- Choose the length of the panel. The average length of a panel discussion is one hour. Check in with your panelists to see if they plan on bringing any PowerPoint slides or giving a presentation that would require you to increase the length of the panel. Plan to increase the panel length by no more than 30 minutes. (Advice: Longer panel discussions are best if scheduled in the morning.) You should also allow time at the end of the panel for the panelists to take questions from the audience.
- Communicate with the panelists once they confirm that they can attend. Send them reminders about the time, date, and location of the event. Give them information on the other panelists you have chosen and introduce them to the moderator. Go over the event guidelines and let them know what you are expecting from them (ex. they should talk about their experiences and prepare to provide background information on street harassment.) You might let them know a few of the questions they’ll be asked, so that they can prepare some good responses. Remember to email and call the panelists the day before the event to reconfirm and see if they have any last-minute questions.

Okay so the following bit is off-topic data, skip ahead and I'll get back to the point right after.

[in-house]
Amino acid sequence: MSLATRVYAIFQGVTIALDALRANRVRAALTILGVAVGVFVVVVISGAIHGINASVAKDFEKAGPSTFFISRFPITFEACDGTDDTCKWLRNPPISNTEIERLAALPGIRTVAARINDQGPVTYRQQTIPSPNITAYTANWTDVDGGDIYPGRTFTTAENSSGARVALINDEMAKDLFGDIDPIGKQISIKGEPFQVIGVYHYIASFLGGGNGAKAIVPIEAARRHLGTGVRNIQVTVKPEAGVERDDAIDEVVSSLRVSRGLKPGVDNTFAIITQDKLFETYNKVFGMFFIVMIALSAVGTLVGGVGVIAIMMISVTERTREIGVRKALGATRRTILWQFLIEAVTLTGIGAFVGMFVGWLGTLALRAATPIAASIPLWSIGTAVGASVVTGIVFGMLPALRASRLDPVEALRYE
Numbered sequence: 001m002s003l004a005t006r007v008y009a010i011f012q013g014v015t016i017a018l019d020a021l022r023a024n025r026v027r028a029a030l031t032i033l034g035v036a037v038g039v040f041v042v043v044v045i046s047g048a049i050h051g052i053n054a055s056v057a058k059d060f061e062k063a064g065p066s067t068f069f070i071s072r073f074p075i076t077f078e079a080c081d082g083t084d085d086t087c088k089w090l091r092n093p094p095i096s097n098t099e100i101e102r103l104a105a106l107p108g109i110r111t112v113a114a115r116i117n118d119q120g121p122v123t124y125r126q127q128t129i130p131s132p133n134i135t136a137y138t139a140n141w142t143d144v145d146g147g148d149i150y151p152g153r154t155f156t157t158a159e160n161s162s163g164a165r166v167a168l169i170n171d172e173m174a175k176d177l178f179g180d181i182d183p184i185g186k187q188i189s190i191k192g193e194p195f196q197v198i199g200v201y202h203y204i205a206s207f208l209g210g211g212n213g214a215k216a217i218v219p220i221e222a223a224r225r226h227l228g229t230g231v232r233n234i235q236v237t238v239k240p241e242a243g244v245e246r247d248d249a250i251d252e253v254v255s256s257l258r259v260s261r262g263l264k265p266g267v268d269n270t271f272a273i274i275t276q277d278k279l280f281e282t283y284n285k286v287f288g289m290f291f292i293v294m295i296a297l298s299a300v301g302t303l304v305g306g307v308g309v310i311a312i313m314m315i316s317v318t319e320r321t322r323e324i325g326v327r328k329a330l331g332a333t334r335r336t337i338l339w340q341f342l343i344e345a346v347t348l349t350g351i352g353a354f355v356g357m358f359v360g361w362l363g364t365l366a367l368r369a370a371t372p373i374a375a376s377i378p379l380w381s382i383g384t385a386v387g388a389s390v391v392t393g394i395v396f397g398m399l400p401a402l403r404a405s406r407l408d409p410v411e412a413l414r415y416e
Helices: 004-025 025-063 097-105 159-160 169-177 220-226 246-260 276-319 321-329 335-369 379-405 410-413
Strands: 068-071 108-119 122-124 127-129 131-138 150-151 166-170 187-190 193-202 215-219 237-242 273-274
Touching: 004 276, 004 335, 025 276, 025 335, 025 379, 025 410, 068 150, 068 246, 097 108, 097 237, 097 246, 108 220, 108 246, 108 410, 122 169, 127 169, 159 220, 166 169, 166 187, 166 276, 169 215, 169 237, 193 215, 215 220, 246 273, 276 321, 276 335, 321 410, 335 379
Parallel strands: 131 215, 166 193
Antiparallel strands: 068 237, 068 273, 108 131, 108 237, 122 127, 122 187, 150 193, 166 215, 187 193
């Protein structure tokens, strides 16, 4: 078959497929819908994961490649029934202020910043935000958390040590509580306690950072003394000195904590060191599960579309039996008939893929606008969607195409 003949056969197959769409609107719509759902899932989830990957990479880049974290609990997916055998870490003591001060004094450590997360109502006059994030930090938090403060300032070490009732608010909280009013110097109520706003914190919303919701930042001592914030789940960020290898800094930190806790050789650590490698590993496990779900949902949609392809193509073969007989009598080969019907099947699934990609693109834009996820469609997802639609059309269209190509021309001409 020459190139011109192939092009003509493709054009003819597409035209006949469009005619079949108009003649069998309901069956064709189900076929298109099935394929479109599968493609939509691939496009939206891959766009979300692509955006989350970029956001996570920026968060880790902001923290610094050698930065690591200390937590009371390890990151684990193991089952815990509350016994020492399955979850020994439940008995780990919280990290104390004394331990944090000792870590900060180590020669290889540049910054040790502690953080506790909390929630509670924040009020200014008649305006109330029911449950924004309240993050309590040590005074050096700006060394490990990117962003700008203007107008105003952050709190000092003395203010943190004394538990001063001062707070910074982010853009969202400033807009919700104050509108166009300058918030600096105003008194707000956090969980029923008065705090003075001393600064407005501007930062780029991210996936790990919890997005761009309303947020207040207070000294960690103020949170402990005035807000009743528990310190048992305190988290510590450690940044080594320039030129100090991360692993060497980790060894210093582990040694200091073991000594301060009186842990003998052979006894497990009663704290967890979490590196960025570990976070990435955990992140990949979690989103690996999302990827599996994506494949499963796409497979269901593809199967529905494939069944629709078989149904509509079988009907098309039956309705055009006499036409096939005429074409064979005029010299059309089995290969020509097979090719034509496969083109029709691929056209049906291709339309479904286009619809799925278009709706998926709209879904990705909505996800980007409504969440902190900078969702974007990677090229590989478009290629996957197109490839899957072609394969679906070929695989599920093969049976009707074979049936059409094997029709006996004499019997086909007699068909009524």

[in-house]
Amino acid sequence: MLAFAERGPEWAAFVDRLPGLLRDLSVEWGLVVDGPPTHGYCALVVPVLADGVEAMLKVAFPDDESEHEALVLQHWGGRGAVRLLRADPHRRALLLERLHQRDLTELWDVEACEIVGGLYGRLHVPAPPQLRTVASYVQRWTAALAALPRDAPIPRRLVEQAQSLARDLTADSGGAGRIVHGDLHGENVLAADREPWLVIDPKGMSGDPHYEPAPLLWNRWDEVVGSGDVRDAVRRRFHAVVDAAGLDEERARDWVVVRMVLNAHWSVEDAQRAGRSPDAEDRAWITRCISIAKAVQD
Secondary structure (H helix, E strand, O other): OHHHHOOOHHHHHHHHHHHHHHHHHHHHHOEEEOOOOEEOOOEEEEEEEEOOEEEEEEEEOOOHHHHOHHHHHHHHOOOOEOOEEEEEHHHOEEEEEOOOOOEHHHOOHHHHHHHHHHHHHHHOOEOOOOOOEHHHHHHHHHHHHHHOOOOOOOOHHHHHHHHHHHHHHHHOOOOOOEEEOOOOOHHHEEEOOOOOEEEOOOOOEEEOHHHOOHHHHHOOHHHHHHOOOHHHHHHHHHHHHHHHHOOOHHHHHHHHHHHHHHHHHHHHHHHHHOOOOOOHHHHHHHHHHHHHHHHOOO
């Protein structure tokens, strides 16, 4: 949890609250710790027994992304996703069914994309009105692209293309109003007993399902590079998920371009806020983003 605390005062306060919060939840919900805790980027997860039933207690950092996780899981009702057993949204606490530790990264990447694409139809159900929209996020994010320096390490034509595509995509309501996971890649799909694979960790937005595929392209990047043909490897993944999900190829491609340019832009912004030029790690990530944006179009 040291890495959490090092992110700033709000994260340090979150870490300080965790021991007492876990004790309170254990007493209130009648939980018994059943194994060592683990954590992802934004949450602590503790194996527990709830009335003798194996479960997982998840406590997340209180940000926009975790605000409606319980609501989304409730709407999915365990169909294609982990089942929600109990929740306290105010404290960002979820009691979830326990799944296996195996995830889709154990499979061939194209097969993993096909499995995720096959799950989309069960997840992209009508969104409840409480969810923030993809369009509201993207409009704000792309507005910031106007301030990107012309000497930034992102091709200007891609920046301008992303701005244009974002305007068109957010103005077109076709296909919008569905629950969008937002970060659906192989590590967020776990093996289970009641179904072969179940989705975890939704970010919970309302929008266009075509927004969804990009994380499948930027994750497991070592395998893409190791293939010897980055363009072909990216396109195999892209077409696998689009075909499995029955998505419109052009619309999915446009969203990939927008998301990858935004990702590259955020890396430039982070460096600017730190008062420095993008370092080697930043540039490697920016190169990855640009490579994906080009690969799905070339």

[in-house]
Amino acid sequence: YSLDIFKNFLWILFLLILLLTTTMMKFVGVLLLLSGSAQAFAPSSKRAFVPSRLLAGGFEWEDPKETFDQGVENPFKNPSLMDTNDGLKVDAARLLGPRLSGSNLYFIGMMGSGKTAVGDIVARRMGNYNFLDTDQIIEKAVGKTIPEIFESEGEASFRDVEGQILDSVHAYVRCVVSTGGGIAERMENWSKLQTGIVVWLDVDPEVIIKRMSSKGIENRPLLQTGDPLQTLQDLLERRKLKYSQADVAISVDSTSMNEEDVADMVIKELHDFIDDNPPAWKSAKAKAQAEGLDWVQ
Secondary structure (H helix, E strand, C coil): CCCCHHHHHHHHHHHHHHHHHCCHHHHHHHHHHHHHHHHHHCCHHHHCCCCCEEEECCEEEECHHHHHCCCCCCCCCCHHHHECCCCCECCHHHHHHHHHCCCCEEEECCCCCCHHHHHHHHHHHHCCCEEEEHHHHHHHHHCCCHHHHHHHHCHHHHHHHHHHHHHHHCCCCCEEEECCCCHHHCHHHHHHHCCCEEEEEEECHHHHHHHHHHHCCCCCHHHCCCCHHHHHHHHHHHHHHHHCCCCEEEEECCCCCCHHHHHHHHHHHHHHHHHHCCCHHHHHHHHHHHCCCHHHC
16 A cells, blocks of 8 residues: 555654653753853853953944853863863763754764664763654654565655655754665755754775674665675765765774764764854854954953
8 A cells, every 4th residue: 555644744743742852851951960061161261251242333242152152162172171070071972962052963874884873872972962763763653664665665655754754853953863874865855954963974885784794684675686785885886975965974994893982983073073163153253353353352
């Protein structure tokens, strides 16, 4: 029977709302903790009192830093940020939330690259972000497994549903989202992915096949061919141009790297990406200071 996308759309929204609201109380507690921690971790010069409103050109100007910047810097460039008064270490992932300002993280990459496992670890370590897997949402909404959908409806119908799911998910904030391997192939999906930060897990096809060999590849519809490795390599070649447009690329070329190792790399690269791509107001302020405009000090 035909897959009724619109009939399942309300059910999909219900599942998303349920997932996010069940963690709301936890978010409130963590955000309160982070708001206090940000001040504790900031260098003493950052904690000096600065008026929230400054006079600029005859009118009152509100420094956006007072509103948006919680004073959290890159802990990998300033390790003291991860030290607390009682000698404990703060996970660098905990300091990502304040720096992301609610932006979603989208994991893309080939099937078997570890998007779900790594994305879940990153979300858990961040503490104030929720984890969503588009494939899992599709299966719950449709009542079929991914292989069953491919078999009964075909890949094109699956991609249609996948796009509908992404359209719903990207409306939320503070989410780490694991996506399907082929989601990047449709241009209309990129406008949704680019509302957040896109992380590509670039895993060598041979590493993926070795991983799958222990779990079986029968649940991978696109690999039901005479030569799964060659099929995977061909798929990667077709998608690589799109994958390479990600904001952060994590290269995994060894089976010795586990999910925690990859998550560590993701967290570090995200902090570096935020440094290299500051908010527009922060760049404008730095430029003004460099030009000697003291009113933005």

- Make it clear to the panelists as well as to the moderator that sexist, racist, and homophobic language will not be tolerated, and that everyone in the discussion has a responsibility make the event a safe space for all panelists and audience members. Talk with the moderator and make a plan for how they will handle offensive comments, whether from the panelists or from the audience. You might want to have the moderator brainstorm a few responses to comments that you predict some people may make. For example, when it comes to street harassment, some people might be likely to say, “She was asking for it because of how she dressed,” or “Black and Latino males are more likely to harass women on the street.” If the moderator is aware that some people may make these sexist and racist comments, and if they have some strong responses planned out in advance, then they will be able to explain to the panelists and audience members why these comments are wrong.